Once launched, the program will allow small business employers to compare insurance plans, determine eligibility for tax credits, determine affordability of plans for employees and purchase health insurance plans and much more, according to the website.

“We’re thinking of it as a sort of a small business owner friendly way to see information and help them manage their employee insurance,” He said.

He added that the exchange offers a number of features to guide employers and employees through what may otherwise be confusing, including on-screen question tips.

“At this point we will be doing more demos, now that I know it actually works,” Budar said after the demo.

HHC’s open enrollment period is scheduled to begin Oct. 1, with a call center expected to be up and running Sept. 15.

While HHC is open to all medical insurers, according to Budar, only two  — Hawaii Medical Service Association and Kaiser Permanente Hawaii — have signed up.

“We are happy to have two of our insurers and we look forward to having all of our insurers on the Connector,” Budar said. “And I’m sure after this demo we may have helped that effort.”

Fielding a question from the audience about why certain insurers decided not to join the exchange, Paul Kaiser, chief operating officer of the Hawaii Western Management Group said Hawaii Medical Assurance Association “wanted to see it work first,” before making a commitment.

“It is very complicated. There are a ton of moving pieces,” he said. “We didn’t want to make things more complex than what they already are today.”

Lance Kaneshiro, executive vice president and chief operating officer of University Health Alliance, said his company’s first priority is protecting its current membership, and that there were a lot of unanswered questions.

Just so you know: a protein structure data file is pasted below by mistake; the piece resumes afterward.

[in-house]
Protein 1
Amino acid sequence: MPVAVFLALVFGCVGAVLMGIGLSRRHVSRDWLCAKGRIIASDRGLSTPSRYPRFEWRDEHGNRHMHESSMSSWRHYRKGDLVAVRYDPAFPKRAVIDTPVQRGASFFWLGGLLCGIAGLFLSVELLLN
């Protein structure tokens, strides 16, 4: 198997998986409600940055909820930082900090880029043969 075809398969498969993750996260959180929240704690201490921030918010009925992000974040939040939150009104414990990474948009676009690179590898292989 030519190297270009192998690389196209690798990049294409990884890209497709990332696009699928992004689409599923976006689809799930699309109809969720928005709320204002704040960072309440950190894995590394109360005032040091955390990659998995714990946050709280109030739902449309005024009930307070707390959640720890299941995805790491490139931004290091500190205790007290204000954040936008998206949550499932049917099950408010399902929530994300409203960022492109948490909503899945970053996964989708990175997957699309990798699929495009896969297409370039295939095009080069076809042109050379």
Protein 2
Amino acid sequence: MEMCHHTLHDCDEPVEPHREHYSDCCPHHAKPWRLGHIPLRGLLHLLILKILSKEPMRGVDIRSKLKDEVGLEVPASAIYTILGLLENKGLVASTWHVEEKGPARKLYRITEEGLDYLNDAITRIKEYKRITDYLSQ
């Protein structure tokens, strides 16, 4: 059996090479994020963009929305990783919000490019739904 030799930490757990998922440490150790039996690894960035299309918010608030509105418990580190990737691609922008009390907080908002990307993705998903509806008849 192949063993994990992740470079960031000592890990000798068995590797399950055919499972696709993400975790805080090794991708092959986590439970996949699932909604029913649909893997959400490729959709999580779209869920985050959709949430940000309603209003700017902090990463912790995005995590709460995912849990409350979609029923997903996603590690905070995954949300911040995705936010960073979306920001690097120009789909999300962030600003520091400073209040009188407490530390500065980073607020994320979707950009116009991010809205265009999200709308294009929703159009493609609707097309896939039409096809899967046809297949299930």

“After deliberating for a real long time, we decided that it would be best to take a wait-and-see approach,” he said. “We want to make sure that our current membership isn’t adversely effected by any of the unanswered questions that are out there.”

Kaneshiro also said there are benefits to not using HHC, including that the companies know their patients’ medical history and are able to provide service on a more personal level.

Scott McFarland, co-owner of the Kauai Athletic Club, said his current insurance carrier — which he chose not to name — is not on the exchange.

“But that’s OK because I actually want to compare the price that I’m getting with my current carrier, versus the price I’m going to get with the Connector,” he said. “So I’m actually very excited that we’re going to have this tool available to us here in Hawaii, to begin to get better transparency.”

As a small business owner and a Chamber member, McFarland said he looks forward to going through the exchange process himself, as well as encouraging others to do the same.

“I think that we’re going to very quickly see an equilibrium in price,” he said.

The Affordable Care Act is scheduled to go into full effect Jan. 1, at which time small businesses will be able to begin buying insurance coverage via the Connector.